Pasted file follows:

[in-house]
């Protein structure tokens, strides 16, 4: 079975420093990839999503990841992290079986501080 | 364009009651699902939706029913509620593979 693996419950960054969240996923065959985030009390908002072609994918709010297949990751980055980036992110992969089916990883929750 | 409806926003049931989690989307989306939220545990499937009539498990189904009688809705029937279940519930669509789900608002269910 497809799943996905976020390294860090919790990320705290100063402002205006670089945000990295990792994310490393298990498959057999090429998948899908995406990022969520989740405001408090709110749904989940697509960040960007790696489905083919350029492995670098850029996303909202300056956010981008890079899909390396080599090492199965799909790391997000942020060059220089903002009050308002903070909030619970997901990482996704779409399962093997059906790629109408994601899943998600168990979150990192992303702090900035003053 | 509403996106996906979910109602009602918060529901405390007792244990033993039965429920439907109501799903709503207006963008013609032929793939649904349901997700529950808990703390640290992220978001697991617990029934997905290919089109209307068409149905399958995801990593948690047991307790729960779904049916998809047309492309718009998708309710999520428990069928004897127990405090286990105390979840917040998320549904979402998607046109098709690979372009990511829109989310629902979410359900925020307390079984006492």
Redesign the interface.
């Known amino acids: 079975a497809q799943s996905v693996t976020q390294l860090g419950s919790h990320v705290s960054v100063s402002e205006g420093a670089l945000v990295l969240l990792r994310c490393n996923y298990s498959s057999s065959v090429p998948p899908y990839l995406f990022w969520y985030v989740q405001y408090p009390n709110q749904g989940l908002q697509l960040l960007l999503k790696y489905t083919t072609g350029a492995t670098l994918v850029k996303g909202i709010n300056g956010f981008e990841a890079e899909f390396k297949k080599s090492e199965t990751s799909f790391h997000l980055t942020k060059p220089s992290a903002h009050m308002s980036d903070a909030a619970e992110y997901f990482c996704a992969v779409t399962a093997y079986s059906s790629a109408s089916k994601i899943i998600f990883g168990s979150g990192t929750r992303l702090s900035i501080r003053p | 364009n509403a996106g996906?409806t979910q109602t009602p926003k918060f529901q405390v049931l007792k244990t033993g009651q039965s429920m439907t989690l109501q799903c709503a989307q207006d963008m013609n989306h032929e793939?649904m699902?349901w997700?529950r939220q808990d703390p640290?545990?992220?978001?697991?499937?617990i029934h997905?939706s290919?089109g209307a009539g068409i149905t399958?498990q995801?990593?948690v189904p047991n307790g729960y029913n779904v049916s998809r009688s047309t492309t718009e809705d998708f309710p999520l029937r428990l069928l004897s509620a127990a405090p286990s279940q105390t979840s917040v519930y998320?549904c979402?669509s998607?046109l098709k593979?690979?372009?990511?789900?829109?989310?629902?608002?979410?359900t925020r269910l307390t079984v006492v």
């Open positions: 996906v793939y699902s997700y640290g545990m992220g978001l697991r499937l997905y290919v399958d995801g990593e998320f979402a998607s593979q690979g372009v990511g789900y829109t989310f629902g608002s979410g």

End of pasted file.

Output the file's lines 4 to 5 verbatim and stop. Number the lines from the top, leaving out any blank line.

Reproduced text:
């Known amino acids: 079975a497809q799943s996905v693996t976020q390294l860090g419950s919790h990320v705290s960054v100063s402002e205006g420093a670089l945000v990295l969240l990792r994310c490393n996923y298990s498959s057999s065959v090429p998948p899908y990839l995406f990022w969520y985030v989740q405001y408090p009390n709110q749904g989940l908002q697509l960040l960007l999503k790696y489905t083919t072609g350029a492995t670098l994918v850029k996303g909202i709010n300056g956010f981008e990841a890079e899909f390396k297949k080599s090492e199965t990751s799909f790391h997000l980055t942020k060059p220089s992290a903002h009050m308002s980036d903070a909030a619970e992110y997901f990482c996704a992969v779409t399962a093997y079986s059906s790629a109408s089916k994601i899943i998600f990883g168990s979150g990192t929750r992303l702090s900035i501080r003053p | 364009n509403a996106g996906?409806t979910q109602t009602p926003k918060f529901q405390v049931l007792k244990t033993g009651q039965s429920m439907t989690l109501q799903c709503a989307q207006d963008m013609n989306h032929e793939?649904m699902?349901w997700?529950r939220q808990d703390p640290?545990?992220?978001?697991?499937?617990i029934h997905?939706s290919?089109g209307a009539g068409i149905t399958?498990q995801?990593?948690v189904p047991n307790g729960y029913n779904v049916s998809r009688s047309t492309t718009e809705d998708f309710p999520l029937r428990l069928l004897s509620a127990a405090p286990s279940q105390t979840s917040v519930y998320?549904c979402?669509s998607?046109l098709k593979?690979?372009?990511?789900?829109?989310?629902?608002?979410?359900t925020r269910l307390t079984v006492v």
């Open positions: 996906v793939y699902s997700y640290g545990m992220g978001l697991r499937l997905y290919v399958d995801g990593e998320f979402a998607s593979q690979g372009v990511g789900y829109t989310f629902g608002s979410g």